Australian CEOs Sound Off
29 January 2014 at 10:39 am
Australian CEOs are proving more socially and environmentally conscious than their global counterparts in thought but not in action, according to new research .
The results from PwC's 17th Annual Global CEO Survey suggest that while Australian CEOs overwhelmingly subscribe to ethical and social business considerations, they are less likely than their global counterparts to prioritise improvements in creating jobs for young people, reducing poverty and inequality, or tackling climate change.
In an overwhelming consensus, some 91 per cent of Australian CEOs flagged the importance of improving diversity and inclusion within the workforce.
A strong majority also supported working to meet societal needs beyond those of investors, customers and employees (77 per cent) and agreed that measuring non-financial impacts contributed to long term success (75 per cent).
Each of these areas was more strongly supported nationally than globally, in some areas by up to 10 per cent, however two additional areas were supported at rates below the global average.
81 per cent of Australian CEOs nominated maintaining integrity of supply chains as important, 10 per cent of the global average, while fewer Australian CEOs than the global average of 95 per cent nominated building a culture of ethical behaviour (89 per cent).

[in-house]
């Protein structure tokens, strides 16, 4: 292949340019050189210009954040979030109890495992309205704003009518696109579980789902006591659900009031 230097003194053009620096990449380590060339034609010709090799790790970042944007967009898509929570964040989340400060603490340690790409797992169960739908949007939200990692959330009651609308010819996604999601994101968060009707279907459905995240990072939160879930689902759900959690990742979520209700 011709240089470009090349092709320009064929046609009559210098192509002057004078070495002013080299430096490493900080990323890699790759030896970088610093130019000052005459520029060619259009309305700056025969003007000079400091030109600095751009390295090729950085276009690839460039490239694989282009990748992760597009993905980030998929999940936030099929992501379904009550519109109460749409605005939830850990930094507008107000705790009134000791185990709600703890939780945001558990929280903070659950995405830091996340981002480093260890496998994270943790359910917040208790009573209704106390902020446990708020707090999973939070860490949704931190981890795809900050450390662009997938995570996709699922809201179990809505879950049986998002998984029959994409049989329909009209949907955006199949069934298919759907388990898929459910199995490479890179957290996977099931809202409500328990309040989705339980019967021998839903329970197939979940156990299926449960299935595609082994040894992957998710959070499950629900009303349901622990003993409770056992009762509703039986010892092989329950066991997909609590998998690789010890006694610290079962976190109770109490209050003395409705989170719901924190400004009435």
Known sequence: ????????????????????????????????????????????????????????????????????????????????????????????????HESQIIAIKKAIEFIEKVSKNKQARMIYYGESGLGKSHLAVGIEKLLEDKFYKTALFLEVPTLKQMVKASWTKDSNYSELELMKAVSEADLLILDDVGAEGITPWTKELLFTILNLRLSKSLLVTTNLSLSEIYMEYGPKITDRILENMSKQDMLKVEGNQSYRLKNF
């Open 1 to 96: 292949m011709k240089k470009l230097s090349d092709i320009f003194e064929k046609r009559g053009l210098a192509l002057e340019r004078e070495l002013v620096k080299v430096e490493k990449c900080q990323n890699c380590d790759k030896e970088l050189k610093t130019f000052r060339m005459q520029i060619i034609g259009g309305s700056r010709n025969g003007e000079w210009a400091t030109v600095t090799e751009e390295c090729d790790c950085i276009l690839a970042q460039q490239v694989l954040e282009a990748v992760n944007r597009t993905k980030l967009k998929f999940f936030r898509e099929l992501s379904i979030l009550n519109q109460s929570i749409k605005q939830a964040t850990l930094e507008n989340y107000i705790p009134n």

When nominating actual priorities, social and environmental aspects were supported less emphatically.
Some 9 per cent of Australian CEOs were to prioritise reducing poverty (21 per cent globally), 28 per cent were to prioritise creation of jobs for young people (33 per cent global average) and 23 per cent were to work on tackling climate change (26 per cent global average).
The figures come in a time of caution for many Australian CEOs, according to PwC Australia CEO Luke Sayers in his evaluation of the findings.
“Most [global CEOs] are more positive about the global economy than they were last year, as well as the growth prospects for their companies in both the short and longer term. One of the exceptions, however, is Australia’s CEOs. They are cautiously optimistic about the next 12 months, but much less confident about the next three years compared to their regional and global peers.”
Australia’s CEOs also experienced a relatively large decrease in trust from customers and clients (21 per cent). This is in contrast to their global counterparts, who frequently identified this same group as having increased levels of trust in their organisation.
The survey, which aimed to inform and stimulate debate on how businesses are facing today’s challenges, considered the views of 1,344 interviews with CEOs in a range of industries in over 68 countries, including 445 interviews in Asia Pacific and 47 in Australia.
Dennis Nally, Chairman of PricewaterhouseCoopers International, presented the survey’s key findings at a press briefing held recently in conjunction with the World Economic Forum in Davos, Switzerland.